Republicans agreed Thursday to let Democrats push debates on overtime pay (search) and other economic priorities in an effort to dislodge a stalled tax cut for American manufacturers.

The preliminary agreement gives Democrats an opportunity before the fall presidential election to criticize the president's economic stewardship. The parties struggled for weeks over whether to open the tax cut to broader economic matters.

When senators dive back into debate, they plan to start with a Democratic effort to block redrafted rules for overtime pay. Sen. Tom Harkin, D-Iowa, wants to bar any part of the Bush administration's proposed rules that would strip the benefit from workers now eligible for extra pay.

Democrats want to follow that with efforts to extend expiring unemployment insurance (search) and remove tax breaks viewed as encouragement for companies to move jobs overseas. They also want to propose new aid for health care and service workers whose jobs are shipped oversees, building on a program that already helps manufacturing workers.

Sen. Ted Kennedy, D-Mass., also plans to press for expanded pension relief to help multiemployer plans, programs run jointly by management and workers in construction, trucking and other trades.

Republicans have their own wish list. Sen. Don Nickles, R-Okla., wants to use the bill to ensure that three popular tax cuts don't expire at the end of the year. Those tax cuts created a new 10 percent tax bracket, lowered taxes for some married couples and increased the child tax credit (search).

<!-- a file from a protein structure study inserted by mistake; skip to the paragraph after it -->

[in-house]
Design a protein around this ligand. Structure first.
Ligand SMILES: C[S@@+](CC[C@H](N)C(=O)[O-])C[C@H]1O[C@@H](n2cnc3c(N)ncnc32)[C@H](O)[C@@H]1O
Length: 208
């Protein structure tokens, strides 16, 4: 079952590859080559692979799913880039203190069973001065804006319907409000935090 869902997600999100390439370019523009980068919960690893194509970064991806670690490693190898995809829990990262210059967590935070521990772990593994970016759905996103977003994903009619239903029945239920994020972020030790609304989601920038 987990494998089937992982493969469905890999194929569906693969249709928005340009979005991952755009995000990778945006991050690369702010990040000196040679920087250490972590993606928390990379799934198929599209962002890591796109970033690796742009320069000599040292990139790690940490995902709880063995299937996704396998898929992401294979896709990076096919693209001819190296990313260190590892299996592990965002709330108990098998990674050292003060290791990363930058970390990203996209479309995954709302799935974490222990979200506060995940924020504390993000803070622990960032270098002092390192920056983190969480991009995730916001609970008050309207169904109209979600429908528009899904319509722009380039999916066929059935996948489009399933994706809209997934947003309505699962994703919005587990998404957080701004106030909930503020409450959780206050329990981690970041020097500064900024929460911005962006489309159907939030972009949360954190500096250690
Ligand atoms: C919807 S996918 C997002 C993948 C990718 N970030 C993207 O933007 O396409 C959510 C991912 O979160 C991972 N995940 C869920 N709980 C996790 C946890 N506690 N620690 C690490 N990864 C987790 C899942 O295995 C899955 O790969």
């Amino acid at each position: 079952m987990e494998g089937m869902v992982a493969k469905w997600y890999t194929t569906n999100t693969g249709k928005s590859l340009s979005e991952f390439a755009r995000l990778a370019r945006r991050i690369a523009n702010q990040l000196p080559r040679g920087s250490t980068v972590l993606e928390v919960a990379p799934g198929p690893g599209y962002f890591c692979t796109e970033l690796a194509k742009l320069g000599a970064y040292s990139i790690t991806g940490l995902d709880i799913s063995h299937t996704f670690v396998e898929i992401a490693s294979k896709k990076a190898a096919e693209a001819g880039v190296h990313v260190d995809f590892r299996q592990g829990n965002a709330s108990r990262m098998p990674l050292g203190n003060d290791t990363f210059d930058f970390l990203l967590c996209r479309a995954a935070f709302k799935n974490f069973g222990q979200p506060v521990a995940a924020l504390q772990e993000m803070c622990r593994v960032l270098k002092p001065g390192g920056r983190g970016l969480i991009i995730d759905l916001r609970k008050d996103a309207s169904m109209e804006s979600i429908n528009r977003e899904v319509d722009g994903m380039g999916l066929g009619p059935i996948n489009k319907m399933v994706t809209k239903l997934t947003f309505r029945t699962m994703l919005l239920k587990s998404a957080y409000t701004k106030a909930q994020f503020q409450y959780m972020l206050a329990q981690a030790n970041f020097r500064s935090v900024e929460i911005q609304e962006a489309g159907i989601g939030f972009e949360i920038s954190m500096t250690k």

Sen. John McCain, R-Ariz., wants the opportunity to strike billions in new tax cuts for energy production and conservation.

Even after Senate leaders spent hours trying to pare the list, senators want to offer 80 possible changes.

"We have more amendments than either one of us would like," said Senate Majority Leader Bill Frist, R-Tenn.

Top Republican aides said the agreement could falter if some of the amendments aren't dropped.

The bill also eliminates a tax break for exporters that was declared illegal in international trade courts after the European Union (search) challenged it. As a result, U.S. exports face punitive tariffs that ratchet up 1 percentage point each month until the bill becomes law.

The sanctions started at 5 percent in March and increased to 6 percent this month.

"All of us know that the calendar is working against us," Frist said.

Lawmakers eliminated the offending tax break and simultaneously extended new tax breaks to help American manufacturers. The bill has since accumulated a host of other tax breaks large and small.